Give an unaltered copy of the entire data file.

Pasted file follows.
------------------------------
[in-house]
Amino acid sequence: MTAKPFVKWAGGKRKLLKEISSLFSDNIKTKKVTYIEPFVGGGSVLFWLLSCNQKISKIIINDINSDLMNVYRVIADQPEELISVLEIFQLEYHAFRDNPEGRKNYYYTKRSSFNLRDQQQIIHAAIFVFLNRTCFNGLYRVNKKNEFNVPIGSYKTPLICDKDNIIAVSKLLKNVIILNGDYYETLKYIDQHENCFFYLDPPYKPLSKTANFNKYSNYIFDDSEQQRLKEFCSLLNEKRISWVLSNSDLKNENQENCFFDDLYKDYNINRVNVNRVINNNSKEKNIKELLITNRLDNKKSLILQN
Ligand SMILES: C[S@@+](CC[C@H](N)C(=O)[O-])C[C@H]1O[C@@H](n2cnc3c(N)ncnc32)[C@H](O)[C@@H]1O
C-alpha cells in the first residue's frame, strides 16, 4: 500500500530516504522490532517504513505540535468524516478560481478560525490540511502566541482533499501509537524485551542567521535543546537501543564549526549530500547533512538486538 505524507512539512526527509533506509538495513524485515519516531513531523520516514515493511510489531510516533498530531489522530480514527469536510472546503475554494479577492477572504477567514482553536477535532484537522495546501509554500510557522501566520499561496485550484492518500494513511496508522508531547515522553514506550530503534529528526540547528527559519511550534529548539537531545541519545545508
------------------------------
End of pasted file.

[in-house]
Amino acid sequence: MTAKPFVKWAGGKRKLLKEISSLFSDNIKTKKVTYIEPFVGGGSVLFWLLSCNQKISKIIINDINSDLMNVYRVIADQPEELISVLEIFQLEYHAFRDNPEGRKNYYYTKRSSFNLRDQQQIIHAAIFVFLNRTCFNGLYRVNKKNEFNVPIGSYKTPLICDKDNIIAVSKLLKNVIILNGDYYETLKYIDQHENCFFYLDPPYKPLSKTANFNKYSNYIFDDSEQQRLKEFCSLLNEKRISWVLSNSDLKNENQENCFFDDLYKDYNINRVNVNRVINNNSKEKNIKELLITNRLDNKKSLILQN
Ligand SMILES: C[S@@+](CC[C@H](N)C(=O)[O-])C[C@H]1O[C@@H](n2cnc3c(N)ncnc32)[C@H](O)[C@@H]1O
C-alpha cells in the first residue's frame, strides 16, 4: 500500500530516504522490532517504513505540535468524516478560481478560525490540511502566541482533499501509537524485551542567521535543546537501543564549526549530500547533512538486538 505524507512539512526527509533506509538495513524485515519516531513531523520516514515493511510489531510516533498530531489522530480514527469536510472546503475554494479577492477572504477567514482553536477535532484537522495546501509554500510557522501566520499561496485550484492518500494513511496508522508531547515522553514506550530503534529528526540547528527559519511550534529548539537531545541519545545508